Pioneer cover

From the press release: From the moment he is handed a possibility of making the first alien contact, Saunders Maxwell decides he will do it, even if doing so takes him through hell and back.

Unfortunately, that is exactly where that journey takes him.

The vision that Zimmerman paints of vibrant human colonies on the Moon, Mars, the asteroids, and beyond, indomitably fighting the harsh lifeless environment of space to build new societies, captures perfectly the emerging space race we see today.

He also captures in Pioneer the heart of the human spirit, willing to push forward no matter the odds, no matter the cost. It is that spirit that will make the exploration of the heavens possible, forever, into the never-ending future.

Available everywhere for $3.99 (before discount) at amazon, Barnes & Noble, all ebook vendors, or direct from the ebook publisher, ebookit. And if you buy it from ebookit you don't support the big tech companies and I get a bigger cut much sooner.

World’s longest pedestrian suspension bridge to open in ’21

A new tourist attraction, the world’s longest pedestrian suspension bridge, is set to open in Portugal next year.

At this length, the new bridge will be considered the longest pedestrian suspension bridge in the world, beating out the Charles Kuonen Suspension Bridge in Switzerland, which spans 1,621 feet and opened in 2017, according to The Sun. But it isn’t just long, it’s also situated 575 feet above the ground, connecting the Aguieiras Waterfall and Paiva Gorge.

I have embedded below the fold a video showing the bridge under construction. As the article notes, if you are afraid of heights this is not the tourist attraction for you.


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  • Kyle

    I hope that Florida company isn’t building it.

  • David

    I hope the bridge is better than that video. I had to mute the music, and couldn’t tolerate the short cuts and other video tricks for even a minute.

  • LocalFluff

    In Switzerland (Walensee, I think) I walked out to the edge of a vertical mountainside and looked straight down at a town and the lake side landscape there about 2000 meters below. It was a stunning experience. No engine noise, no movement but still as a view from heaven. When I walked back, there was a tourist restaurant there, people were alarmed! Because I had walked upon a hangover made out of snow that was about to collapse by itself anytime that Spring. I had missed to notice some discrete warning sign.

    But Switzerland’s got landscape, that’s for sure! It’s just that those unaccustomed to that nature should read signs, trespassers should read them again, and survivors should feel lucky.

  • LocalFluff

    I could add some embroidery to that experience, since it impressed me so, having grown up in a flatland. I stood there for ten minutes or so. Like God checking his created paradise garden to see if things are going according to plan. And so it seemed as cars went along the road, boats slowly moved on the lake, tiny people walked on the streets. Straight below me, that was especially special. Through crispy clear still silent air. Kind of an overview effect.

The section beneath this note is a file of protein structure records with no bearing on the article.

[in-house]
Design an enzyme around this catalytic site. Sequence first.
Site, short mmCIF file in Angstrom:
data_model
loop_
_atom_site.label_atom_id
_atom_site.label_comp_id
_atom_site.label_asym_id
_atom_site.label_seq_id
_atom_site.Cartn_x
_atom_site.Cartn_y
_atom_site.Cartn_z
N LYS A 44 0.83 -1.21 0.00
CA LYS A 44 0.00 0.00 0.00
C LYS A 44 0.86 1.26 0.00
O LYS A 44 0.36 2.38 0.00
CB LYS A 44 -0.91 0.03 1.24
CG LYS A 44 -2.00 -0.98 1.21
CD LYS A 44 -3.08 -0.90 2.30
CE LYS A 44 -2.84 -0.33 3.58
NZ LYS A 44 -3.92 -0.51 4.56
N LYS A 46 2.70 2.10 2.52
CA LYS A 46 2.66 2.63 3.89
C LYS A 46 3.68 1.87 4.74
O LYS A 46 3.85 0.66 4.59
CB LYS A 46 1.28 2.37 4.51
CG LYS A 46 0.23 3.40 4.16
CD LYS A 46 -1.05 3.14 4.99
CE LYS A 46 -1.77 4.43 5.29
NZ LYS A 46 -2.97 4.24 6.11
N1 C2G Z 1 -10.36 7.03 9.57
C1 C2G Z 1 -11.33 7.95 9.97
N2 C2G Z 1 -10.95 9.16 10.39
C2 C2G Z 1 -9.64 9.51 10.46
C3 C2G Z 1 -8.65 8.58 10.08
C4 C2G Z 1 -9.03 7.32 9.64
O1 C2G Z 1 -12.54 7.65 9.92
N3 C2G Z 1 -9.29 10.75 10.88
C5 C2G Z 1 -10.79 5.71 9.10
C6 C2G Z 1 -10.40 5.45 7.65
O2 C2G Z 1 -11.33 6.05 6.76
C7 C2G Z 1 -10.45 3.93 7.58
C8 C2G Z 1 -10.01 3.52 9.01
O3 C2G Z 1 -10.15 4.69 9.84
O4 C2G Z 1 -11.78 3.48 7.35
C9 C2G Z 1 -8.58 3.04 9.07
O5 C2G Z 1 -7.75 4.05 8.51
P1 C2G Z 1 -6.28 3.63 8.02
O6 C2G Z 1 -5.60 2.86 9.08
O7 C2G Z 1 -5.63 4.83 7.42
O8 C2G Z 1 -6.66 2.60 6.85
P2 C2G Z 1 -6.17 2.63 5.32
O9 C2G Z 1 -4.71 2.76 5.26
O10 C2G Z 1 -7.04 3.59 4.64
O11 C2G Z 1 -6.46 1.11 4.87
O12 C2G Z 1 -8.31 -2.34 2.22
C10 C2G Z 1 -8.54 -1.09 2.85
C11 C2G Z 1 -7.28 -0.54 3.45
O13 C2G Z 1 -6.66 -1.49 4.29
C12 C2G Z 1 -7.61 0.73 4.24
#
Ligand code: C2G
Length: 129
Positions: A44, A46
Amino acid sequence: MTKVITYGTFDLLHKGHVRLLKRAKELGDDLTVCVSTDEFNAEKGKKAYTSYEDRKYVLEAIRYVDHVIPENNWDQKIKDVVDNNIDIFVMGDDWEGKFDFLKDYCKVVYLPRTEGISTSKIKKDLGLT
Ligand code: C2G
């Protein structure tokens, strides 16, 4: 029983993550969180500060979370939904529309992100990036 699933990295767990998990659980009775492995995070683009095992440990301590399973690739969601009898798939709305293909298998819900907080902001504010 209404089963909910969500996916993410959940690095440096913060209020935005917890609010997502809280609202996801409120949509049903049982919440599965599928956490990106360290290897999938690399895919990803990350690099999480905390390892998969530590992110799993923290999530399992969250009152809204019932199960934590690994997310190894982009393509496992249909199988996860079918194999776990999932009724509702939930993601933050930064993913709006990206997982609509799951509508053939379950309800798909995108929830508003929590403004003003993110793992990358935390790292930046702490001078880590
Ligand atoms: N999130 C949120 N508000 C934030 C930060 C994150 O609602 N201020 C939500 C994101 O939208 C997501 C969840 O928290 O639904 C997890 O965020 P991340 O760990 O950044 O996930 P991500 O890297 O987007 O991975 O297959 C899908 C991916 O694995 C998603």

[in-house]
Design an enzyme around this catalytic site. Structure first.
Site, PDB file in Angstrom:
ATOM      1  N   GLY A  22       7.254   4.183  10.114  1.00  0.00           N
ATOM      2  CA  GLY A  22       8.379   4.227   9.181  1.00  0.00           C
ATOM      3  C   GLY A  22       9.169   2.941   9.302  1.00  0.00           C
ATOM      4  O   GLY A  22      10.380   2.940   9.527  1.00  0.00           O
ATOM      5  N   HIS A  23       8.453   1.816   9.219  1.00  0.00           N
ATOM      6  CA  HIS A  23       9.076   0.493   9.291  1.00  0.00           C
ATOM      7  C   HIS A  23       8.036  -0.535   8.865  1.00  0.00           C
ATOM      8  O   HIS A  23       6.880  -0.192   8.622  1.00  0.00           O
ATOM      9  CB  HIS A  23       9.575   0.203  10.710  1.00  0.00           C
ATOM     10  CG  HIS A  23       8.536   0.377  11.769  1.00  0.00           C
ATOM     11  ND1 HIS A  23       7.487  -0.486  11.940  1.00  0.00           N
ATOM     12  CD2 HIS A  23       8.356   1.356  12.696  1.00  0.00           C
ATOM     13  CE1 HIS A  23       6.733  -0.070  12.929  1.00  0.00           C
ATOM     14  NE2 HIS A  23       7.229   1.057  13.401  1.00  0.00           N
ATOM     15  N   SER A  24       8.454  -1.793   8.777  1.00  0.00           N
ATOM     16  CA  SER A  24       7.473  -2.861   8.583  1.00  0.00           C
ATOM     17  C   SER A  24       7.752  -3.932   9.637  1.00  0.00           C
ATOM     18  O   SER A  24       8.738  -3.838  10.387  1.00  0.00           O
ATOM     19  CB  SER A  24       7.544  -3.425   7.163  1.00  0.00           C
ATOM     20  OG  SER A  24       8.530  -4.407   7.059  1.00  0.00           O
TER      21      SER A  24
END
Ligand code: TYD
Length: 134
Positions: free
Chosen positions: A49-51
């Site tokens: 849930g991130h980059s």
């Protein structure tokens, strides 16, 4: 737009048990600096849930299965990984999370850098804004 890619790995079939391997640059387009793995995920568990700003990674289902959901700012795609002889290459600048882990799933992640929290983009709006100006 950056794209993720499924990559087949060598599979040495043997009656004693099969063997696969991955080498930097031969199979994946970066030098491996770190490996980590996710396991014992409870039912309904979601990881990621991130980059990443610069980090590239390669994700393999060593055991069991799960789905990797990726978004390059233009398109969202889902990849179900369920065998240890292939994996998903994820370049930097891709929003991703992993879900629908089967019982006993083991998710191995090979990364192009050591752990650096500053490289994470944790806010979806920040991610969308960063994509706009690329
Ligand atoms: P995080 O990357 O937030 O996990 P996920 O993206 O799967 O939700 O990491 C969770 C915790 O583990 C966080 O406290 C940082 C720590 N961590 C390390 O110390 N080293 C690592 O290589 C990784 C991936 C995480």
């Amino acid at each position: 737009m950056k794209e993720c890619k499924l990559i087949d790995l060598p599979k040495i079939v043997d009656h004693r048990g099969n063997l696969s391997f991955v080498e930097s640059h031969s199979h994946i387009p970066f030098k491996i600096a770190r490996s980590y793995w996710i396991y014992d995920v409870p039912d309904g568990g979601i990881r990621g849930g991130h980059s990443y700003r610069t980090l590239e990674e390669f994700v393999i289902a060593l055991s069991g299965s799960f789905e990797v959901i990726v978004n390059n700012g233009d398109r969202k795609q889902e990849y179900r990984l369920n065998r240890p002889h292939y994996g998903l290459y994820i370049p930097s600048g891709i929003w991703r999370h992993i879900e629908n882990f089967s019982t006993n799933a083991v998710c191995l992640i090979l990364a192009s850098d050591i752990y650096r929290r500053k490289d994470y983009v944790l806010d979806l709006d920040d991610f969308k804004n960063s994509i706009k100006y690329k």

I wonder how they handle those hundreds of tons of snow and ice suddenly crashing down towards that town. But I suppose it happens every year and they’ve gotten used to it.

  • wayne

    -know anything about this bridge??

    Hardanger Bridge in western Norway

  • LocalFluff

    No, I haven’t travelled so much in Norway. Unfortunately, because the landscape impresses me alot (although the weather is better in the Alps). It’s a land of tunnels and bridges, they have drilled for more than oil. Someone claimed that Norway is the largest country in Europe (except for Russia of course) if one counts the surface area of the mountains.

    Before ww2 Germans flew tourist zeppelins over Norway. That must’ve been a great experience, and a business idea for today. Why don’t we have large zeppelins anymore? The UK too built huge ones between the wars, here’s from the YT channel that I found thanks to Robert’s recent Titanic link:

  • Lee Stevenson

    On a similar vain… Many years ago I went on a trip to Austria, and paid a trip to Hitler’s hide away, The eagles nest…. At some 6000 feet above sea level officially the highest residency in Europe…
    If I recall correctly, you can see 5 different countries from there, The view is simply breathtaking!
    Anyway, it is a restaurant now, and as I’m sitting in the sunshine with a cold beer, I see a guy climb onto a wall and throw himself off. I and several others ran over to look down and saw him parachuting down the valley below!
    It’s nothing I would have the nerve to do, but must have been some kind of experience!
    If any of you ever take a trip to the area I cannot recommend a visit too highly, both for the history and the stunning views!

  • Doug Booker

    If you want a beautiful stroll stateside see Maybe not as high but a lot longer.

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